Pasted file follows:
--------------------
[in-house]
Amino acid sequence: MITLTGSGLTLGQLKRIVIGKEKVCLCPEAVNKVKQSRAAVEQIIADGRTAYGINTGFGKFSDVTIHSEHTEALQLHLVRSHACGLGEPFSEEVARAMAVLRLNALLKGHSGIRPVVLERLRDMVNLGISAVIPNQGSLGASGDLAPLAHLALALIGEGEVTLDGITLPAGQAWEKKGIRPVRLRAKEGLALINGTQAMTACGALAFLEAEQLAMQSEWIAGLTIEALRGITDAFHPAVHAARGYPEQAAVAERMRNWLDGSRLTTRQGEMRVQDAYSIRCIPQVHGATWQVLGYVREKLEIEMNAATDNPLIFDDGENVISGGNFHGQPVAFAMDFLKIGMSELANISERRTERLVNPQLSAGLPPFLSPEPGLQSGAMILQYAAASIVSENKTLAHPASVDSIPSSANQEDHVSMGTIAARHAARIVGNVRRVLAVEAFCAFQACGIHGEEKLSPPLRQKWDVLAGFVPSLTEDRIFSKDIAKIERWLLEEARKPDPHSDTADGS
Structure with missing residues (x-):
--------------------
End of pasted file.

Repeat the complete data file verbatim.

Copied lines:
[in-house]
Amino acid sequence: MITLTGSGLTLGQLKRIVIGKEKVCLCPEAVNKVKQSRAAVEQIIADGRTAYGINTGFGKFSDVTIHSEHTEALQLHLVRSHACGLGEPFSEEVARAMAVLRLNALLKGHSGIRPVVLERLRDMVNLGISAVIPNQGSLGASGDLAPLAHLALALIGEGEVTLDGITLPAGQAWEKKGIRPVRLRAKEGLALINGTQAMTACGALAFLEAEQLAMQSEWIAGLTIEALRGITDAFHPAVHAARGYPEQAAVAERMRNWLDGSRLTTRQGEMRVQDAYSIRCIPQVHGATWQVLGYVREKLEIEMNAATDNPLIFDDGENVISGGNFHGQPVAFAMDFLKIGMSELANISERRTERLVNPQLSAGLPPFLSPEPGLQSGAMILQYAAASIVSENKTLAHPASVDSIPSSANQEDHVSMGTIAARHAARIVGNVRRVLAVEAFCAFQACGIHGEEKLSPPLRQKWDVLAGFVPSLTEDRIFSKDIAKIERWLLEEARKPDPHSDTADGS
Structure with missing residues (x-):